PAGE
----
Bottoms up: The story of Table Mountain

December 3, 2015 Jodi Ettenberg

If you’ve searched for any photos of Cape Town in South Africa, no doubt you have stumbled upon many of Table Mountain, which looms over the city. On cloudy days it is not visible when you wander around town, covered in a “table cloth” of clouds, but as the view clears its flat features come into focus.

I only visited Cape Town briefly but my main question was: what gives the mountain its iconic flat shape?

Looking up at Table Mountain.

The mountain’s plateau is about 3km (1.8 mi) across, with Devil’s Peak on one side and Lion’s Head on the other, and contains quartzite (sandstone that is almost fully made from quartz) as well as granite. More specifically: a type of hardened sandstone called  “Table Mountain Sandstone,” as well as a second kind of rock called the Graafwater Formation. As a result of its durable rock types, Table Mountain currently has some of the slowest erosion rates on earth, leading Live Science (a science news website) to call it the “world’s strongest mountain.”

So why such a flat surface?

Around 300 million years ago, what is currently Africa was in the centre of a former continent called Pangea, a sprawling supercontinent surrounded by a vast ocean. Over millions of years, Pangea splintered off in fragments and by approximately 100 million years ago, Australia, Antarctica and India had moved away from the centre — Africa — which remained.

What we see as the summit of Table Mountain was actually once the bottom of a valley floor.

What we see as the summit of Table Mountain was actually once the bottom of a valley floor.

The mountain owes its relative flatness at the summit to the fact that it is a syncline mountain — that is, what we see as the summit of Table Mountain was actually once the bottom of a valley floor, likely worn away by the sea. The rest of the mountain, and its softer sandstone, has been weathered down over the years, leaving the tough, resilient quartzite at the top.

Wait a second, if the top was the bottom, how did it get so high?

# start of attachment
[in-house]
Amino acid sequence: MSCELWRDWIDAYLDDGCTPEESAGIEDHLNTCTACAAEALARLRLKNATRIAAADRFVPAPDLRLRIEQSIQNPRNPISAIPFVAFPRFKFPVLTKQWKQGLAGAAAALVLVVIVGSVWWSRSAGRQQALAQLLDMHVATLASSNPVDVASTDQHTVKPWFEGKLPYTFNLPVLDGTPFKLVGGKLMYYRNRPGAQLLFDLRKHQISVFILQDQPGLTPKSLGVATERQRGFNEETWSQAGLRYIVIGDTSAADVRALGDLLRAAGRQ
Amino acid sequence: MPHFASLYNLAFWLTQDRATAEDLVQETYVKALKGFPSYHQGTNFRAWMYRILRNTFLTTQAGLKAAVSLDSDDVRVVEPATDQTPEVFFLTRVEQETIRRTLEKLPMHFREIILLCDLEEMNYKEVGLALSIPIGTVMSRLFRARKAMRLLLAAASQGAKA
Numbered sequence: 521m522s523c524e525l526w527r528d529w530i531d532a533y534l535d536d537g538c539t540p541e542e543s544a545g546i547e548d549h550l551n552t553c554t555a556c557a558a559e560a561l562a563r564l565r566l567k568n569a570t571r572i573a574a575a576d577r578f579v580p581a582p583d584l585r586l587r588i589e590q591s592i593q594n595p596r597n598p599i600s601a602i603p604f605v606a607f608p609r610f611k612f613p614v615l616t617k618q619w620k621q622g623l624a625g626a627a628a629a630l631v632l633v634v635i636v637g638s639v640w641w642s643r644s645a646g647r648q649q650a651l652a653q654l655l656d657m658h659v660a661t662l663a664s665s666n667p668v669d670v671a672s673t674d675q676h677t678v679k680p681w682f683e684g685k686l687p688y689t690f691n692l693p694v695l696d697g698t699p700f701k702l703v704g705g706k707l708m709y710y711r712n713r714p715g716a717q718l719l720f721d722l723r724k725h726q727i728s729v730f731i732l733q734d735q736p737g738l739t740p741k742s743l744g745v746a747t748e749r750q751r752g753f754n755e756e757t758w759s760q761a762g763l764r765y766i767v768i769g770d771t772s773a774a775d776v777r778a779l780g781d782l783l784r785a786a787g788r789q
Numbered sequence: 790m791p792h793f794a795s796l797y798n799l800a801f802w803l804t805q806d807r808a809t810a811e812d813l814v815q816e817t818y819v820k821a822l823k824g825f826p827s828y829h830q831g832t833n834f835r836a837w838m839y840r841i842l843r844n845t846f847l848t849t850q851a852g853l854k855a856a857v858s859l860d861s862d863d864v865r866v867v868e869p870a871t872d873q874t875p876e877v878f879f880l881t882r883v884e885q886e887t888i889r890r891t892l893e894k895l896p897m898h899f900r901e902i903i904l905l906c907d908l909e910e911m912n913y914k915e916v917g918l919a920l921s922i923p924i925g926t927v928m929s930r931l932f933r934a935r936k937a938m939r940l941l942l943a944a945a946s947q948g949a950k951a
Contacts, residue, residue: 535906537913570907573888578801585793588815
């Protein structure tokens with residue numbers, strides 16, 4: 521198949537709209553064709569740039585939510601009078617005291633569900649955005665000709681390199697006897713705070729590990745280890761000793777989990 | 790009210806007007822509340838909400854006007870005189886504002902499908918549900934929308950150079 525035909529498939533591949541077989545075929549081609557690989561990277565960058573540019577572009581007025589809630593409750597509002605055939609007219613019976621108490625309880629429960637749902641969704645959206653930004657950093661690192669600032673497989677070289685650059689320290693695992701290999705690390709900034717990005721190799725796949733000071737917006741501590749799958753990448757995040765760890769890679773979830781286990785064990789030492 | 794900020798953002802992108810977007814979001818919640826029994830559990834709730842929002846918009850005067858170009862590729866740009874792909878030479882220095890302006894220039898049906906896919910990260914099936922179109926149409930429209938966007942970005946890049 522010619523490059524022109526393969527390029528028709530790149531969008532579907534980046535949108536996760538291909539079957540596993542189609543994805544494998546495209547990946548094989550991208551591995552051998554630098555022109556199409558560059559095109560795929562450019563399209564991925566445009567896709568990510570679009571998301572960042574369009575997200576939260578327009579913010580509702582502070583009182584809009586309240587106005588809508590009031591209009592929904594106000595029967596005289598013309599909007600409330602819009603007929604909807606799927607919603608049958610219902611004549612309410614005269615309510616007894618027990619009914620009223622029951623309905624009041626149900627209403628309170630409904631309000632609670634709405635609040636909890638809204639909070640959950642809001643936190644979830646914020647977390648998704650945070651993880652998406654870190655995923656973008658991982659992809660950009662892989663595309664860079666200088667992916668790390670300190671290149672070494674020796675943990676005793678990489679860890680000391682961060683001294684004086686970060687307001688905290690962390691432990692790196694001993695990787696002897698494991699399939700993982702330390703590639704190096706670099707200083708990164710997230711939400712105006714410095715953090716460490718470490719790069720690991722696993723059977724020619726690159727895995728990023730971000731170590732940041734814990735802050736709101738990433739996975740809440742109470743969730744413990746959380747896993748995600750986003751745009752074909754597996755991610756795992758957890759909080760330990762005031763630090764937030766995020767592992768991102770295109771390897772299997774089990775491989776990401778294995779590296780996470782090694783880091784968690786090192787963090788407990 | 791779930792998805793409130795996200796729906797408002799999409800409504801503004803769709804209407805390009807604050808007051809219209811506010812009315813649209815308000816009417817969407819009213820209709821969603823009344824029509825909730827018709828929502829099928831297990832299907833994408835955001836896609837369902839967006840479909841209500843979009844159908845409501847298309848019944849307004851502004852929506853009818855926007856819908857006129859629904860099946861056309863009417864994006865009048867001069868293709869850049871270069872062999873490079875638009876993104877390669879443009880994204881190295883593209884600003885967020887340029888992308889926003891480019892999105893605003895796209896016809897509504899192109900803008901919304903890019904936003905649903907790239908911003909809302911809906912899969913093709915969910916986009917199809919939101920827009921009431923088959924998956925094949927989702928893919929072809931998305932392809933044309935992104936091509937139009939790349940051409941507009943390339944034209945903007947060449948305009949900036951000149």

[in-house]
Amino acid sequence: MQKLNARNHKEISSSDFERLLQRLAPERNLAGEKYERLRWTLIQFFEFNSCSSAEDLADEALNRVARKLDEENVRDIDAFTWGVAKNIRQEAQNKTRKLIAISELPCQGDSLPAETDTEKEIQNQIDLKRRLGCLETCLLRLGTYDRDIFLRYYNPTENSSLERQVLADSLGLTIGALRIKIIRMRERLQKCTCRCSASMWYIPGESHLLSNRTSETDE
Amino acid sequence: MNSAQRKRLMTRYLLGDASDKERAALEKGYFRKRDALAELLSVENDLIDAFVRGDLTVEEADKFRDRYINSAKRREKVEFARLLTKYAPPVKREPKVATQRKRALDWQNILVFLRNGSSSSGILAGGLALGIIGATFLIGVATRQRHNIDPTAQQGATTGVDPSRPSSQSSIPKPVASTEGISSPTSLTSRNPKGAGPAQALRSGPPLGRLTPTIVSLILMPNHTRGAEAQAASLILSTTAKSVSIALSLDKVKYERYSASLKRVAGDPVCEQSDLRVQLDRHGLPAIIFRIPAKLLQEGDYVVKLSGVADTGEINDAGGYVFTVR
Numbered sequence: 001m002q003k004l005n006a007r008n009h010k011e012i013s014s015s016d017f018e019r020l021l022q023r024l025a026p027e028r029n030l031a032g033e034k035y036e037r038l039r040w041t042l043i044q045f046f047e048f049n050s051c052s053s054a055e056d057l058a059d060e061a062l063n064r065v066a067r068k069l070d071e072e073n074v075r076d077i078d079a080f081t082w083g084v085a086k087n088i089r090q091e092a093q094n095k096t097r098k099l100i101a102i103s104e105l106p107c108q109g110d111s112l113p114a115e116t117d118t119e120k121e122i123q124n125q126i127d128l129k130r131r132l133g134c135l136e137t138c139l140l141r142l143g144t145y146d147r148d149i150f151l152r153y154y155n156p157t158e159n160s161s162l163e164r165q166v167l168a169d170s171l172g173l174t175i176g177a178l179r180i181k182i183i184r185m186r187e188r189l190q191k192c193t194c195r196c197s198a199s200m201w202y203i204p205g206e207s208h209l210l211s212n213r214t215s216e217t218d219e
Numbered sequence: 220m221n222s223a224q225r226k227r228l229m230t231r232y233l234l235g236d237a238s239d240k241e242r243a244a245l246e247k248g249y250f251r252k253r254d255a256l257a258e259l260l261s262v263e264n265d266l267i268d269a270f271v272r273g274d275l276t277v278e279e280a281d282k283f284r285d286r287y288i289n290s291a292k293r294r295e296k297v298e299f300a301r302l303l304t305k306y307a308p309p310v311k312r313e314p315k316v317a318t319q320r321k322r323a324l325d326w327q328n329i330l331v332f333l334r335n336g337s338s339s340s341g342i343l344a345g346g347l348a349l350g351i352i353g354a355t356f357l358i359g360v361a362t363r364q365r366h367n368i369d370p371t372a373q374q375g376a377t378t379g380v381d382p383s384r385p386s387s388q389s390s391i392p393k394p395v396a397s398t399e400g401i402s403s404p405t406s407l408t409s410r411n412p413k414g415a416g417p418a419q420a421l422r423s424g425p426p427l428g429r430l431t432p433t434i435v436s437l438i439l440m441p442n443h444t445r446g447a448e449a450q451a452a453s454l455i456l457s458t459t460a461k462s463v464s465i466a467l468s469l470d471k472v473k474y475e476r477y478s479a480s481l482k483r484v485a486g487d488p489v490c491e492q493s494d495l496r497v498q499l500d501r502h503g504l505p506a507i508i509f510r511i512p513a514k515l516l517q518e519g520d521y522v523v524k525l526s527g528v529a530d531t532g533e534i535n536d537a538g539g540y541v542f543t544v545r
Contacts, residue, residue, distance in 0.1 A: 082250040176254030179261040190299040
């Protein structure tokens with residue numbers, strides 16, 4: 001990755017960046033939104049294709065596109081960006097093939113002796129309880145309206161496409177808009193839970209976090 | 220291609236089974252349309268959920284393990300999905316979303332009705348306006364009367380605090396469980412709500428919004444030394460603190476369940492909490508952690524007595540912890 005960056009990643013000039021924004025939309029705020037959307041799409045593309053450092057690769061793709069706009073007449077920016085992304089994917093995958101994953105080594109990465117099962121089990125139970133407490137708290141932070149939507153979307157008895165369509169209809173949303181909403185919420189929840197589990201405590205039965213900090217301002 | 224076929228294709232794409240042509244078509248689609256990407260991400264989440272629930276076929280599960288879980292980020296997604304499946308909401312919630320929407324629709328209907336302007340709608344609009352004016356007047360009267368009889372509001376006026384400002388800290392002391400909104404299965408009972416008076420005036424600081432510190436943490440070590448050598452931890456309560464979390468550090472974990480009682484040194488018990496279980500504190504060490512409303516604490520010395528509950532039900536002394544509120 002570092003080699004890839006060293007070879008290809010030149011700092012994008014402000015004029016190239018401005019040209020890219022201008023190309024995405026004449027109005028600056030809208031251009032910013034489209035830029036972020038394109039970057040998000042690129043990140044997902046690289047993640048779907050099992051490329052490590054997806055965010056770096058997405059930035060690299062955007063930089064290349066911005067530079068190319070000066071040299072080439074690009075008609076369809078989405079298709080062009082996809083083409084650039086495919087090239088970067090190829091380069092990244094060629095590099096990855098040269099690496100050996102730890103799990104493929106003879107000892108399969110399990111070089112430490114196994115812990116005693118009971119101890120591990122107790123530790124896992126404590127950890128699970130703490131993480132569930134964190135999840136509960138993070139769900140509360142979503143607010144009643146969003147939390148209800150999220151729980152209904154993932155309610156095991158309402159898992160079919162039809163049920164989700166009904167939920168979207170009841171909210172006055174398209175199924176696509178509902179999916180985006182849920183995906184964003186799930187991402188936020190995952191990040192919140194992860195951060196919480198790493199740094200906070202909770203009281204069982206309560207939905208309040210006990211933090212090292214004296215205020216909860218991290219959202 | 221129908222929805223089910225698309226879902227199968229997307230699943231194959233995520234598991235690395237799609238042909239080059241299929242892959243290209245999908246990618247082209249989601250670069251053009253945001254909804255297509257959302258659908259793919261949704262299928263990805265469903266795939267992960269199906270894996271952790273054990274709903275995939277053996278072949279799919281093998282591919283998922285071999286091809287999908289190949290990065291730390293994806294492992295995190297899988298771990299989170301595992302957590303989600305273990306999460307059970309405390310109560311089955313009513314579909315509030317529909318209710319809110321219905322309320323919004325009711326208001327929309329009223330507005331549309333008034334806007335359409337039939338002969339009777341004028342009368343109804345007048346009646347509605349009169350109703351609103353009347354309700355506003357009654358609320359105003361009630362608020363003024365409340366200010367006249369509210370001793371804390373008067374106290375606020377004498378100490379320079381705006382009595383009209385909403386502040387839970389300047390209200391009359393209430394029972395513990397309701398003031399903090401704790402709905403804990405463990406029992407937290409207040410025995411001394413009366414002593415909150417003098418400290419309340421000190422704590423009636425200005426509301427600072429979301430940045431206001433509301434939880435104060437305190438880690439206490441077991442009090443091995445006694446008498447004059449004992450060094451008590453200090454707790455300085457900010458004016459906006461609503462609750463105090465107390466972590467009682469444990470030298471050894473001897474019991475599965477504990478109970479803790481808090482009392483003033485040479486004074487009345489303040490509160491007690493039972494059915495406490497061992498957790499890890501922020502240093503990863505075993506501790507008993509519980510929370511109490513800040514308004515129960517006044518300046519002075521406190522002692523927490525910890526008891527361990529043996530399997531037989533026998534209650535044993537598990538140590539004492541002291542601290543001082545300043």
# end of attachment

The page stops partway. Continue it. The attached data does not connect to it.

Fair question.

The valley’s movement upwards can be attributed to a geological phenomenon called isotasy, or “equal standstill.” Going back to those supercontinents, their movement put a considerable amount of pressure on the earth’s crust, forcing rocks upward. Many new “folded” mountains were created in the region as a result, such as the Hottentot-Holland range in the Cape Winelands.   In the case of Table Mountain, its strong granite deflected some of the pressure downward. So instead of rolling hills or other geological formations, the earth’s mantle was displaced by a steady downward pressure, with mass added to the earth’s crust and the mantle pushed toward the centre of the earth. There was an “equal standstill” between the surface granite and the mantle underneath, so the mantle dented and moved out of the way under the pressure.

Clouds starting to roll in on the Table Mountain range.

Clouds starting to roll in on the Table Mountain range.

Geologists have noted that eventually with isotasy the mantle “bounced back” (and by “bounced” I mean “rebounded slowly over many thousands of years”). As the mantle returned to where it was pushed aside, the mass on top was pushed upward. What we know as Table Mountain rose slowly as it floated on the mantle of the earth.

Wait, are all table mountains created this way?

Actually, no. Gros Morne National Park, in Newfoundland, includes a huge slab of red periodite rock called the Tablelands, created via tectonic collisions about 500 million years ago. Studying these rocks helped scientists develop the theory of plate tectonics, and the geological formation led UNESCO to designate Gros Morne National Park a World Heritage Site in 1987.

The difference here is that the Tablelands are part of the earth’s mantle, which is a pretty trippy bit of mountain to walk on. It’s extremely rare that a part of the mantle is exposed in this way, and Gros Morne’s Tablelands are one of the few tourists can access. I went there a few years ago and it was just beautiful. They are barren because the rock is low in nutrients and has a toxic amount of heavy metals and iron.

For this we can blame Captain James Cook, who was sent to map what is now Newfoundland for the British Admiralty in the mid 1700s. He was right; it does look like a table. But several hundred years prior, Portuguese Admiral Antonio de Saldanha climbed Table Mountain and in 1503 named it tabua da caba, table of the cape. Both called it like they saw it, and similar names have stuck with each of these very different mountains ever since.

Well worth a visit

Whether you take the cable car or decide to hike up Table Mountain, it provides an incredible view of the city below. You can also camp at the top or even abseil down on one of the world’s tallest abseil experiences. No matter which route you take, it is well worth a visit to this former valley that now overlooks the sea.

Table Mountain provides an incredible view of the city below.

Table Mountain provides an incredible view of the city below.

Getting There

G Adventures runs a number of departures in South Africa encompassing a wide range of departure dates and activities to cater for different tastes. We’re thrilled at the prospect of showing you this big blue planet of ours — check out our small group trips here.

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